It’s not possible to extend a tourist card unless there’s a medical emergency or you have to answer legal charges. If you want to spend more time in Indonesia, you have to leave the country and then re-enter – some long-term foreign residents have been doing this for years. Singapore is the destination of choice for obtaining a new visa on the ‘visa run’.
There are two main kantor imigrasi (immigration offices) in Bali. The Denpasar office (0361-227828; 8am-2pm Mon-Thu, 8am-11am Fri, 8am-noon Sat) is just up the street from the main post office in Renon. The airport immigration office (0361-751038) has similar hours.
On Lombok, the immigration office (632520; Jl Udayana 2; 7am-2pm Mon-Thu, 7am-11am Fri, 7am-12.30am Sat) is in Mataram. If you have to apply for changes to your visa, make sure you’re neatly dressed, but don’t be overly optimistic.
For visa advice and service, many expats in South Bali use the services of
Bali Mode (0361-765162; www.balimode-biz.com). Visa extensions (on legally extendable visas) average 400,000Rp to 500,000Rp.
If you have a good reason for staying longer (eg study or family reasons), you can apply for a sosial/budaya (social/cultural) visa. You will need an application form from an Indonesian embassy or consulate, and a letter of introduction or promise of sponsorship from a reputable person or school in Indonesia. It’s initially valid for three months, but it can be extended for one month at a time at an immigration office within Indonesia for a maximum of six months. There are fees for the application and for extending the visa too.
EMBASSIES & CONSULATES
Embassies & Consulates in Indonesia
Foreign embassies are in Jakarta, the national capital. Most of the foreign representatives in Bali are consular agents (or honorary consuls) who can’t offer the same services as a full consulate or embassy but can at least assist you in figuring out where to go. For some, this means a trek to Jakarta in the event of a lost passport.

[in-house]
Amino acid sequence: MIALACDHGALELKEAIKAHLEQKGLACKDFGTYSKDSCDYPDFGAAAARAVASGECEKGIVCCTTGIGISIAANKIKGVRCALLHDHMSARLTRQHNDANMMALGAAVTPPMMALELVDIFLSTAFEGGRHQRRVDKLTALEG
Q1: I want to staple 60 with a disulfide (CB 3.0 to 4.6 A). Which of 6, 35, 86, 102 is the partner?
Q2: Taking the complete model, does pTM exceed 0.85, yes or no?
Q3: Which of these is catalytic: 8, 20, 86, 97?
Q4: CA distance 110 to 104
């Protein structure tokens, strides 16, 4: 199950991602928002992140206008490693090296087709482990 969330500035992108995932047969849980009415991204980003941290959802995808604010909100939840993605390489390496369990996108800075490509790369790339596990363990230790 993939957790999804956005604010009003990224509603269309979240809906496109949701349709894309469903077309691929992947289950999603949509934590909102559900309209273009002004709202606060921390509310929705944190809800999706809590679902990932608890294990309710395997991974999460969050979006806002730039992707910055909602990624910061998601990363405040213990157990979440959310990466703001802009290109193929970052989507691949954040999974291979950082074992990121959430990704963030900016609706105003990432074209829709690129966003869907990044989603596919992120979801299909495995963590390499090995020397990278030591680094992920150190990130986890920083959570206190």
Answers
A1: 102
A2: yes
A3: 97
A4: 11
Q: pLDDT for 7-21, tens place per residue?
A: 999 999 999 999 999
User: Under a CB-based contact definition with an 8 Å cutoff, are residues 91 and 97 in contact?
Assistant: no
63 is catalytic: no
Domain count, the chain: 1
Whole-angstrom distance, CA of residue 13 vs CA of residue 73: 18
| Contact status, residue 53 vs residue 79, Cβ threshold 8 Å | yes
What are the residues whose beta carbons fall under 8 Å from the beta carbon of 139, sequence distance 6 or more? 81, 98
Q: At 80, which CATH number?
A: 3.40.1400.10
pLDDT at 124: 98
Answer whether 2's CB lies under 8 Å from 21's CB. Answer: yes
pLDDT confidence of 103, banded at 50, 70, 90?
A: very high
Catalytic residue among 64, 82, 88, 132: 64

The US, Australia and Japan (visitors from these countries together make up half of all visitors) have formal consulates in Bali. Unless noted, the following offices are open from about 8.30am to noon, Monday to Friday. All telephone area codes are 0361.
Australia (241118; www.dfat.gov.au/bali; Jalan Tantular 32, Denpasar; 8am-noon, 12.30-4pm Mon-Fri) The Australian consulate has a consular sharing agreement with Canada, and may also be able to help citizens of New Zealand, Ireland and Papua New Guinea.
Most nations have an embassy in Jakarta (telephone area code 021), including the following:
Australia (2550 5555; www.indonesia.embassy.gov.au; Jl Rasuna Said Kav 15-16)
Canada (2550 7800; www.international.gc.ca/asia/jakarta; World Trade Centre, 6th fl, Jl Jend Sudirman Kav 29-31)
France (2355 7600; Jl MH Thamrin 20)
Germany (3985 5000; Jl MH Thamrin 1)
Japan (3192 4308; Jl MH Thamrin 24)
Netherlands (524 8200; Jl HR Rasuna Said Kav S-3)
New Zealand (570 9460; BRI II Bldg, 23rd fl, Jl Jend Sudirman Kav 44-46)
UK (315 6264; www.britain-in-indonesia.or.id; Jl. M.H. Thamrin 75)